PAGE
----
Addressing Territorial Cohesion Challenges and Promoting the Role of Cities in MENA

Context and rationale

The members of the Center for Mediterranean Integration (CMI) Urban Hub (CMI, WB, EIB, AFD, UCLG, Codatu, Cities Alliance, GIZ, AVITEM) held on May 4-5, 2017 at the Villa Valmer, Marseille, France an inaugural workshop.

This workshop convened more than 50 national and local government representatives, urban practitioners, researchers and urban activists from six countries – Algeria, Egypt, Jordan, Lebanon, Morocco and, Tunisia – along with other international and national stakeholders –including Urban Hub members – from Brazil, Croatia, France, Germany, Greece, Italy, Spain and the US.

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It takes place in a context where the MENA region is facing demographic pressure and rapid urbanization: if the region is currently 60% urbanized, it will experience a projected 45% increase of its urban population by 2030 (equal to 106 million additional urban inhabitants) [1].

Concentrating people and resources, cities in MENA have largely contributed to the improvement of standard development indicators, which showed a constant decrease in absolute poverty in most MENA countries over the past decades. Yet the urbanization process has also contributed to concentrate and exacerbate socio-economic inequalities within growing urban territories, between larger and smaller cities, as well as between cities and their hinterlands.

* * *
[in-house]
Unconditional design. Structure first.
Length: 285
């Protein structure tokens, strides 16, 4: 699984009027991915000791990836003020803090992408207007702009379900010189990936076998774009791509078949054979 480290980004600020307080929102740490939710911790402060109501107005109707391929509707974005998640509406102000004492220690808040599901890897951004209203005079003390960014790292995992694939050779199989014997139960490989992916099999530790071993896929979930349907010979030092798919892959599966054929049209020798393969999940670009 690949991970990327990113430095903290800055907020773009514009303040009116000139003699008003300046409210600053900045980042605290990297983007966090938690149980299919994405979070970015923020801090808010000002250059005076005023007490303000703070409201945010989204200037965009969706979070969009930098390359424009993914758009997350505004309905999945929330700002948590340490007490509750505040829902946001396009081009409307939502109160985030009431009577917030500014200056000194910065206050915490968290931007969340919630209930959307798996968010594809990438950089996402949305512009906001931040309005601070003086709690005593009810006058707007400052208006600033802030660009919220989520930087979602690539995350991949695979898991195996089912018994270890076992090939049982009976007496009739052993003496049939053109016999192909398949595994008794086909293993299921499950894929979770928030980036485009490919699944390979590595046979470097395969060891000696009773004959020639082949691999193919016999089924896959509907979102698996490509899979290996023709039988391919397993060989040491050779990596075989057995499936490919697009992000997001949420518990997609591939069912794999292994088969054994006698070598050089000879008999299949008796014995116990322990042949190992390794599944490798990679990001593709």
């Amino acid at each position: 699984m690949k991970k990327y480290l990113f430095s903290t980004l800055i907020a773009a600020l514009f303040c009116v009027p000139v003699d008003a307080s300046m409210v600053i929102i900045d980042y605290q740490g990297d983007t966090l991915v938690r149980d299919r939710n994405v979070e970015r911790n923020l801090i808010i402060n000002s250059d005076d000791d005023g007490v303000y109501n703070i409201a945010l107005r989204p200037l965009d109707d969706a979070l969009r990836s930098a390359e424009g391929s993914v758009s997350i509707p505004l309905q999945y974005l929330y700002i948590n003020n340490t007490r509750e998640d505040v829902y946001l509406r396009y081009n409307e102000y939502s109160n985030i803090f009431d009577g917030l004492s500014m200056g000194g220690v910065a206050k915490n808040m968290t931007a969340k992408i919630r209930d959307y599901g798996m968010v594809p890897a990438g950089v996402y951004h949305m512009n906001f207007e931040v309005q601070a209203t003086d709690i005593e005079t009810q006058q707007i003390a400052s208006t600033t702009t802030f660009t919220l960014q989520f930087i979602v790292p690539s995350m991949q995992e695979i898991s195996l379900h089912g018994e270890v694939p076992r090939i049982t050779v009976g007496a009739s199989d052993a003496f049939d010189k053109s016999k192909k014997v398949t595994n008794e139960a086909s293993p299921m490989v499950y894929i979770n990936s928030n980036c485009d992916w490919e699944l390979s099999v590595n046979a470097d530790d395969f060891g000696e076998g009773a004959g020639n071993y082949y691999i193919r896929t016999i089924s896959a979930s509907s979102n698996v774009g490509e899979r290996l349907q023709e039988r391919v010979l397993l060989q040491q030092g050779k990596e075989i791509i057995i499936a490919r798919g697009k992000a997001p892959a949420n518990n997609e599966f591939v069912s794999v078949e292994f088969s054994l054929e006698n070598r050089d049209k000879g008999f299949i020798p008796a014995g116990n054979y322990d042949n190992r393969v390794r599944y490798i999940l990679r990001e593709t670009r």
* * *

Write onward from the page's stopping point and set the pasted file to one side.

Especially since the Arab spring uprisings – generated and anchored in Arab cities and fueled by significant regional disparities in access to basic services and to opportunities[2] – addressing social disparities and spatial inequalities has become a political priority for several government in the region, and donors also highlighted the importance to promote a more balanced yet sustainable territorial development and the key role of cities in operationalizing local and regional development.

Objectives

The workshop, which was organized around interactive working sessions allowing participants to share their experience and learn from others approaches and initiatives, had the following objectives:
• To identify the key levers of territorial cohesion and regional development and to advocate the key role of cities when designing and implementing territorial policies;
• To promote knowledge sharing through encouraging exchanges on good practices and lessons learned from the ground and discussing how they could be adapted to different contexts;
• To encourage multi-stakeholder networks (including policy makers, practitioners, academics, etc.) to inform policy-making.

[1] According to WB projections.
[2] One of Egypt’s poorest regions, Upper Egypt, is home to about 38% of Egypt’s population and 67% of its poor. (WBG, Egypt Systematic Country Diagnostic, September 2015). In Tunisia, there is almost a 20% point gap between unemployment rates in leading and lagging governorates As for access to public water networks, it varies from 61% in the North West to 97% in Tunis (WBG, Tunisia Urbanization Review, June 2014).

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